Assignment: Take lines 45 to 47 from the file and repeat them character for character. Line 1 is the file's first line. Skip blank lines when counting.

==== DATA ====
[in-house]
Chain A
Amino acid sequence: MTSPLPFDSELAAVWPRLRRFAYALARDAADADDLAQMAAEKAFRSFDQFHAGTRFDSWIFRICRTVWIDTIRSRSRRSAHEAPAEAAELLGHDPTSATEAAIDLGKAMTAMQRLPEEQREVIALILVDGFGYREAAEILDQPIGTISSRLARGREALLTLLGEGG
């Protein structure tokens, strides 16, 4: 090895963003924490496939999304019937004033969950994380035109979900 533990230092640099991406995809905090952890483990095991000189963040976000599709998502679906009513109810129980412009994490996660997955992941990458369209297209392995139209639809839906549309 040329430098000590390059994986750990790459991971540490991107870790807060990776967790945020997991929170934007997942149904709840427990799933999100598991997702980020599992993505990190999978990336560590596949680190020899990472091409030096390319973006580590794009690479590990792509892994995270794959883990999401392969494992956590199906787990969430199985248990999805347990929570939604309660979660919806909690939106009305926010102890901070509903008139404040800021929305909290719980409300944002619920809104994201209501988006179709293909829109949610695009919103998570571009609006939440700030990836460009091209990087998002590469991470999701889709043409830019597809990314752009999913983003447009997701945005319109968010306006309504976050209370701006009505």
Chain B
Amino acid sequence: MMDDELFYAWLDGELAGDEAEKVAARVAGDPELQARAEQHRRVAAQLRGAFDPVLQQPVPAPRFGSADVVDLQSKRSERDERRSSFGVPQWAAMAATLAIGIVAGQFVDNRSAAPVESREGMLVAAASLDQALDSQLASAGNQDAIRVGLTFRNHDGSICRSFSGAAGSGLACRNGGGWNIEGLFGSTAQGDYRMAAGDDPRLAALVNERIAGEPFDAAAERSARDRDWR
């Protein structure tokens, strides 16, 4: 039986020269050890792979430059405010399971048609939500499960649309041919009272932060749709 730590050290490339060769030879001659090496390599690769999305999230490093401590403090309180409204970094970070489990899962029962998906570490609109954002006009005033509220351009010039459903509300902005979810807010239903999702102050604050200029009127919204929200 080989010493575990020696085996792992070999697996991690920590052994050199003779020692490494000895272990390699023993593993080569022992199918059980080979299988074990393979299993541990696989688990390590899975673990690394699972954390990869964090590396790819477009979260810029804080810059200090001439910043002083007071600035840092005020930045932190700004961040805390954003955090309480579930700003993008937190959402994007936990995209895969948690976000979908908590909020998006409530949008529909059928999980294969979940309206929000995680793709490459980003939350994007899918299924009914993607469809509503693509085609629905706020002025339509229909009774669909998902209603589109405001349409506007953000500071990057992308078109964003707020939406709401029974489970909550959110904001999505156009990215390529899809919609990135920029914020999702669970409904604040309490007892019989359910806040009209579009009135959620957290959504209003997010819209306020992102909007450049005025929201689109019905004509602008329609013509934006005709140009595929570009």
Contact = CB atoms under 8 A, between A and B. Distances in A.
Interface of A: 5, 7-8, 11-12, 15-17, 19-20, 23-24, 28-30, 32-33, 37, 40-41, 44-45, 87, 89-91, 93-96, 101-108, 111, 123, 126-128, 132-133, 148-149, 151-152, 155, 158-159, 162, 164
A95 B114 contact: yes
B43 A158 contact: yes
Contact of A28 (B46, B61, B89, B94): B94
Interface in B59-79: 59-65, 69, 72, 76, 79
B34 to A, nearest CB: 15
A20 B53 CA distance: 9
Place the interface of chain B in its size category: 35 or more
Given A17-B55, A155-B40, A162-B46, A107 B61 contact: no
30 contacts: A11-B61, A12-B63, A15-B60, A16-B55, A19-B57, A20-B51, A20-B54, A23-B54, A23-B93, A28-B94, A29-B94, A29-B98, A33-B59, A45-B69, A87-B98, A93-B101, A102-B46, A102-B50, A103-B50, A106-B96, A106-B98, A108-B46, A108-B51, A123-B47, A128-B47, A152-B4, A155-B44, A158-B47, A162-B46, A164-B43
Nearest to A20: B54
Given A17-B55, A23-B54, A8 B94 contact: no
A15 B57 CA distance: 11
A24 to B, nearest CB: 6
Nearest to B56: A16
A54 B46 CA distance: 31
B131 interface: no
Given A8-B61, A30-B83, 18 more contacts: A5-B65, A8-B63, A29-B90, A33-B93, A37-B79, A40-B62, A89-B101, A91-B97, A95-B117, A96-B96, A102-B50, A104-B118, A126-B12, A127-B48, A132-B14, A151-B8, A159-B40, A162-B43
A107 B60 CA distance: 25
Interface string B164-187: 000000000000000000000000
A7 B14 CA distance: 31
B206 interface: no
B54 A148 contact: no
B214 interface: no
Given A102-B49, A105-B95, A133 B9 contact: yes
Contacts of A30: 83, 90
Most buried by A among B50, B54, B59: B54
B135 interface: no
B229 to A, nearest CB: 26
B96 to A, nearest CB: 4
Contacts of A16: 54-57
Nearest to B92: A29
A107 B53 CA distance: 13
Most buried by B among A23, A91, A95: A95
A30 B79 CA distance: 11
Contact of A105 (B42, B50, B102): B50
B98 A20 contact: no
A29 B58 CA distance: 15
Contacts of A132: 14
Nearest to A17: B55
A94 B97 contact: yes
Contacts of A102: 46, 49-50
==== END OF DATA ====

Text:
B98 A20 contact: no
A29 B58 CA distance: 15
Contacts of A132: 14